In 2004, when he was a student in Bethlehem University, he was arrested again and sentenced to five months in administrative detention - imprisonment without trial or charges. The following year, he was charged with belonging to the Popular Front for the Liberation of Palestine (PFLP) and allegedly planning to kill Rabbi Ovadia Yosef, the spiritual godfather of the ultra-Orthodox Shas Movement of which Deri, the minister behind the move to revoke Hamouri’s residency, is now the leader.
While Hamouri rejected the accusations of plotting Yosef’s murder, he says he refused an offer to be deported to France for 15 years. Instead, he was sentenced to seven years in prison - only to be released in 2011 as part of the Gilad Shalit prisoner swap deal.
Upon his release, he decided to study law at Al-Quds University in the West Bank town of Abu Dis. On several occasions, Israeli authorities banned him from entering the West Bank, affecting his ability to pursue his education. He eventually succeeded in graduating, and has since worked as a field researcher for Palestinian prisoners rights organisation Addameer.
In 2014, Hamouri married Elsa Lefort, a French woman who had been actively involved in the campaign for his release from prison. But what should have been the beginning of joyful moments in building a family only became new means for Israeli to exert pressure on the Jerusalemite.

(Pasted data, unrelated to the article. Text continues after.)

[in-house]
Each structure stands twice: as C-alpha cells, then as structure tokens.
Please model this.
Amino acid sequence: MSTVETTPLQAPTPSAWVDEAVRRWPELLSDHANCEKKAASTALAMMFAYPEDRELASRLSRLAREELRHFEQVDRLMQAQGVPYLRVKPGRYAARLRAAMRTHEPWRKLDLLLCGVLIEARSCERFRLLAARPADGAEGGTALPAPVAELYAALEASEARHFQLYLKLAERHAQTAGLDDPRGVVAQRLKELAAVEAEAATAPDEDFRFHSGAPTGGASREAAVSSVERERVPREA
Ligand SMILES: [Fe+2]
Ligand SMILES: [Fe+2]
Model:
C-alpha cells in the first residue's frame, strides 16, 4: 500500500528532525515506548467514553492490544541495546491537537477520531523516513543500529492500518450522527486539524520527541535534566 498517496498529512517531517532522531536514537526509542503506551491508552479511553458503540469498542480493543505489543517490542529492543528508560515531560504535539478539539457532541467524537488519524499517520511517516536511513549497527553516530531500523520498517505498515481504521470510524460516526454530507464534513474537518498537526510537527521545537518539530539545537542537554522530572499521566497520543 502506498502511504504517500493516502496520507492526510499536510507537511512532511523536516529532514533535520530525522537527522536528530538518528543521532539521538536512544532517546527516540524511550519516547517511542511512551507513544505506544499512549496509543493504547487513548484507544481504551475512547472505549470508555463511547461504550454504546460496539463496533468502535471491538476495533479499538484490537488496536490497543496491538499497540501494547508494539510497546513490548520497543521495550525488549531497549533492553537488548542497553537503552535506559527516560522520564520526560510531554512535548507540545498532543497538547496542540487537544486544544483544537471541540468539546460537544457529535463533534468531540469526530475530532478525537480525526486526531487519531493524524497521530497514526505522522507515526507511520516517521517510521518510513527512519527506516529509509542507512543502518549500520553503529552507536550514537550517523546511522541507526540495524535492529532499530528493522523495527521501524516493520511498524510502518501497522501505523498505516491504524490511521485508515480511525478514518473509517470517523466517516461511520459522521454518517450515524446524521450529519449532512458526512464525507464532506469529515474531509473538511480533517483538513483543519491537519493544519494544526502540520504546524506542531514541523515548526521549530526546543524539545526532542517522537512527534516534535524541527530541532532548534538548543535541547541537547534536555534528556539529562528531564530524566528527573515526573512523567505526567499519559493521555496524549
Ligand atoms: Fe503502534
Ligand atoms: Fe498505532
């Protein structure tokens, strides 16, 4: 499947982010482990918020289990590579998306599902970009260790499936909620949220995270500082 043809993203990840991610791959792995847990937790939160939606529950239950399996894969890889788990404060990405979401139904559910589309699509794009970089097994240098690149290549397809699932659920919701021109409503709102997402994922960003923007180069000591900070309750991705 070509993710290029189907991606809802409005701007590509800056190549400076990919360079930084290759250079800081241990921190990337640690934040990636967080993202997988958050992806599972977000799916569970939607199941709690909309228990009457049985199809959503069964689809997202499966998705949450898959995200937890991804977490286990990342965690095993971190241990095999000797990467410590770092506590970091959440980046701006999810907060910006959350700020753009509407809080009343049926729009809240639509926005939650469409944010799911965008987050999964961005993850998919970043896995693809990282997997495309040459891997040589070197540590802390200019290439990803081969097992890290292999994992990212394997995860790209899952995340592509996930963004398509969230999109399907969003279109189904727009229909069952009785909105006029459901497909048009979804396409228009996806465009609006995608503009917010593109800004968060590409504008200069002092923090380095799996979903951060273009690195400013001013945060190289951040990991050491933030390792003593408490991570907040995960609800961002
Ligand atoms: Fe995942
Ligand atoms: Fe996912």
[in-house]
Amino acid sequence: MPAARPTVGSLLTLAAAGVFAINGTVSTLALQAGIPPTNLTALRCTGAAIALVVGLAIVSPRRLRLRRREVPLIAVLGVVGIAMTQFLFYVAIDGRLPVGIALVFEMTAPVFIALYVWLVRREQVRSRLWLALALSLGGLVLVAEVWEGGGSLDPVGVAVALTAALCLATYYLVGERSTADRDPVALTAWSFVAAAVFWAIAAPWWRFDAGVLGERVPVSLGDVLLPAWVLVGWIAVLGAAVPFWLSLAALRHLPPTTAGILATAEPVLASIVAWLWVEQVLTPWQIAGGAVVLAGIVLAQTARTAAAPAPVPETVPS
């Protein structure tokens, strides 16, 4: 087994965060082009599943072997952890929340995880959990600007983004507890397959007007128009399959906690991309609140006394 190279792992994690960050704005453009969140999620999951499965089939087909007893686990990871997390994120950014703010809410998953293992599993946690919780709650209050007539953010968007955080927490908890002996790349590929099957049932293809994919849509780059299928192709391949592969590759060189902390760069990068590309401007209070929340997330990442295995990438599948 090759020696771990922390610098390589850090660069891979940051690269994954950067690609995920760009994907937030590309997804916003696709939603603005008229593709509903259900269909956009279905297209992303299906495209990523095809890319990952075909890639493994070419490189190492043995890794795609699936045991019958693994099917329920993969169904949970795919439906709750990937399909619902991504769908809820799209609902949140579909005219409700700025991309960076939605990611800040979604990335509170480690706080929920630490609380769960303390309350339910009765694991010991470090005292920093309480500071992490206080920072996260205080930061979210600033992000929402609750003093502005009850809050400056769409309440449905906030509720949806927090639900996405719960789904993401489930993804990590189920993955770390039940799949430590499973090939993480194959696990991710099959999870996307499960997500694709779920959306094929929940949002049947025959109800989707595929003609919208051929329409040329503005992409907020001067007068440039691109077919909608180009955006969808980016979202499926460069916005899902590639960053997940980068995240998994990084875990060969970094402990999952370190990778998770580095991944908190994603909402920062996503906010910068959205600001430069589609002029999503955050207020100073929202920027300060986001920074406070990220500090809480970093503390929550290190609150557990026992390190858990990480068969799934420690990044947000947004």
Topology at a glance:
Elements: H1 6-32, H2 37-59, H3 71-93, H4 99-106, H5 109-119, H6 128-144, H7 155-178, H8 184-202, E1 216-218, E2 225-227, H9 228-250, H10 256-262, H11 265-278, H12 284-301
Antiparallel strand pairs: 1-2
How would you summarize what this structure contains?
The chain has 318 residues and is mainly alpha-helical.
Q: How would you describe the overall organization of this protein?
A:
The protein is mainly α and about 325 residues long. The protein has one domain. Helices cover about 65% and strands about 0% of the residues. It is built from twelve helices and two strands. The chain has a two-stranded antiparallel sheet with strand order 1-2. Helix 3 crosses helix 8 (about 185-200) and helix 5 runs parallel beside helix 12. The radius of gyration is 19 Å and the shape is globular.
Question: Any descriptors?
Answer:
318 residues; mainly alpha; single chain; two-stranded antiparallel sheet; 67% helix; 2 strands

In January 2016, Lefort, then six months pregnant, was detained at Ben Gurion airport for three days while returning from a family visit to France. Despite having been granted a one-year visa through her work at the French consulate in October 2015, Lefort was barred from entering Israel - and, by extension, the occupied Palestinian territories - for 10 years.
The decision not only prevented Lefort from giving birth in Jerusalem, depriving their son from obtaining his own Jerusalem residency, but was seen by the family as one more tool to pressure Hamouri into leaving Jerusalem.
“The goal behind my continuous harassment in the past 20 years is to destroy my family life,” he told MEE. “It is not easy to describe the hardship I am suffering with my wife and child, who keeps asking about me and gets emotional every time I leave France to return to Jerusalem."
'The goal behind my continuous harassment in the past 20 years is to destroy my family life'
- Salah Hamouri
Hamouri was rearrested in 2017, his administrative detention renewed three times until he was finally released in 2018 - once again without any charges filed against him. He has repeatedly been summoned for interrogation by Israeli intelligence services since.